New research suggests that clinicians should strongly suspect migraine in adolescents with concomitant asthma and allergic rhinitis who develop recurrent headaches.
Previous epidemiological studies in adults have demonstrated an association between asthma and migraine, but less is known about the potential connection in adolescents. To shed light on the potential link, a team of researchers in Israel designed a cross-sectional study comprising more than 110,000 adolescent participants over more than 20 years.
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The authors retrospectively searched the electronic database of a military recruitment center for all 17‐year‐old draftees during the years 1987 through 2010. They then compared the prevalence of specialist‐diagnosed migraine in the adolescents with and without specialist‐diagnosed asthma. All told, 4.0% of the 113,671 adolescent participants had an asthma diagnosis, and 1.9% had a migraine diagnosis.
Analysis of the adolescents’ data revealed that migraine was significantly more prevalent in those with asthma compared with those without asthma, and that migraine was significantly more prevalent in those with allergic rhinitis than in those without allergic rhinitis.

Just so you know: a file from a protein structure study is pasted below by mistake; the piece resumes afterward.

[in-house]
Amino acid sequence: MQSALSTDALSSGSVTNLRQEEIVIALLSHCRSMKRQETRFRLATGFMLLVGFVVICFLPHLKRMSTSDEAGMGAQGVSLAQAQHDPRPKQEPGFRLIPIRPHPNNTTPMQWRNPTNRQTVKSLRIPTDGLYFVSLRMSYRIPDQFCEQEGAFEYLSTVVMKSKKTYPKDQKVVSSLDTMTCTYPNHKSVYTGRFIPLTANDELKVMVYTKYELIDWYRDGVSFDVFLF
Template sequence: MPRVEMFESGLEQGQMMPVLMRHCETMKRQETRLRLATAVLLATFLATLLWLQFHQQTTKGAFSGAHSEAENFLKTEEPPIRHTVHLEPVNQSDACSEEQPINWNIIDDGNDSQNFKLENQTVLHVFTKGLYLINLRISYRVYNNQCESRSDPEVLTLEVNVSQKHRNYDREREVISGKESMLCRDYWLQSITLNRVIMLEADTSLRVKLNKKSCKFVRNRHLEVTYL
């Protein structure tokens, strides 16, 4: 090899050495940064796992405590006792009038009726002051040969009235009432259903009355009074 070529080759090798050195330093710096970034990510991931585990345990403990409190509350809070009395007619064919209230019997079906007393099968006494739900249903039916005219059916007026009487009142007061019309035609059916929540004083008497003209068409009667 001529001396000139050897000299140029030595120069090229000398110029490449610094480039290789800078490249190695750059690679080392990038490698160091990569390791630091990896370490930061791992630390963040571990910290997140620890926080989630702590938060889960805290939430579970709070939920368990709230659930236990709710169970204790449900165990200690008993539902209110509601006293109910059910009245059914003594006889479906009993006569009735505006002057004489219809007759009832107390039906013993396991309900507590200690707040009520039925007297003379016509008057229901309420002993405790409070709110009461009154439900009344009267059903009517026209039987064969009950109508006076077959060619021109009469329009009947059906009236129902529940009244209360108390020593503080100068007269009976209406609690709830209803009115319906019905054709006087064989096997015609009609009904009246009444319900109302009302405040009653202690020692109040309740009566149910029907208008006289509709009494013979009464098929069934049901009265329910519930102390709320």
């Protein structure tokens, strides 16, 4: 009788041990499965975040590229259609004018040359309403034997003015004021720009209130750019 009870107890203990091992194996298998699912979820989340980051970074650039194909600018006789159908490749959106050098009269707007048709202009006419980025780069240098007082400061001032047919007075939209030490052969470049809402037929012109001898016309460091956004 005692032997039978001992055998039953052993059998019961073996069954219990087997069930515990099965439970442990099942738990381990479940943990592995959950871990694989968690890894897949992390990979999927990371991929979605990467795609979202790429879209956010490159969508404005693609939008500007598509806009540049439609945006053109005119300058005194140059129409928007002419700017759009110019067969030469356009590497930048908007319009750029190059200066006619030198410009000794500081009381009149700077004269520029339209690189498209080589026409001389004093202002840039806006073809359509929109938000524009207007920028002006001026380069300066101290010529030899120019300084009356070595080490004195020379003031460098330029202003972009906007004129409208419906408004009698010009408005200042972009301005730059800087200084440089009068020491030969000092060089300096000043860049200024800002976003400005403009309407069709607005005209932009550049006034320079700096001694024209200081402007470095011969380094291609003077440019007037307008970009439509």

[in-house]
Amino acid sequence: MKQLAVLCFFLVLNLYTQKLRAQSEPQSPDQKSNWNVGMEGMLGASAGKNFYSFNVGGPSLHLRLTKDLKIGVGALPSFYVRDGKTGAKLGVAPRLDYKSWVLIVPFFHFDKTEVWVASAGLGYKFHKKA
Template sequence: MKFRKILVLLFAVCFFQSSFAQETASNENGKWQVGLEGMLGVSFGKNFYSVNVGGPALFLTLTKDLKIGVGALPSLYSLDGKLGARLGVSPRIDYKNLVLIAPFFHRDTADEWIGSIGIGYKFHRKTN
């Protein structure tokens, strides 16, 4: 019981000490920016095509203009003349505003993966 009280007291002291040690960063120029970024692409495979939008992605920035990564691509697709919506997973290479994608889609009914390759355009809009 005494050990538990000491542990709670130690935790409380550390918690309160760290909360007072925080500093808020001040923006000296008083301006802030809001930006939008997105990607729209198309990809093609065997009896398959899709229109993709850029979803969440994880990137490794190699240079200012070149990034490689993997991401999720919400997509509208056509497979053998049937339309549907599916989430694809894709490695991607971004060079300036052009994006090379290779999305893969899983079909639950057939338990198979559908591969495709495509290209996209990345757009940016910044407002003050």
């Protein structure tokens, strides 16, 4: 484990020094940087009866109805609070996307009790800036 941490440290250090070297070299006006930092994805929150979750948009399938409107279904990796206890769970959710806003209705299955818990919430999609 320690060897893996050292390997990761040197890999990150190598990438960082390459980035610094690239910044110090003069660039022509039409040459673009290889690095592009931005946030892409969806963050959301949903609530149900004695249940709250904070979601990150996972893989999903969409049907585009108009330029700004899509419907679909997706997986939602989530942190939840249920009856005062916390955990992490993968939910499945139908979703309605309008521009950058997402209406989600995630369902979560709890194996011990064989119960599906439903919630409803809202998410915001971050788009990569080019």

“Clinicians should be aware that asthma and allergic rhinitis are potential risk factors for migraine in adolescents,” the authors concluded. “A combined finding of these conditions and recurrent headache is highly suggestive of migraine and warrants a different diagnosis and treatment approach from sinusitis.”
The results were published online in the Clinical Respiratory Journal.
Graif Y, Shohat T, Machluf Y, Farkash R, Chaiter Y. Association between asthma and migraine—a cross‐sectional study of over 110,000 adolescents [published online July 13, 2018]. Clin Respir J. https://doi.org/10.1111/crj.12939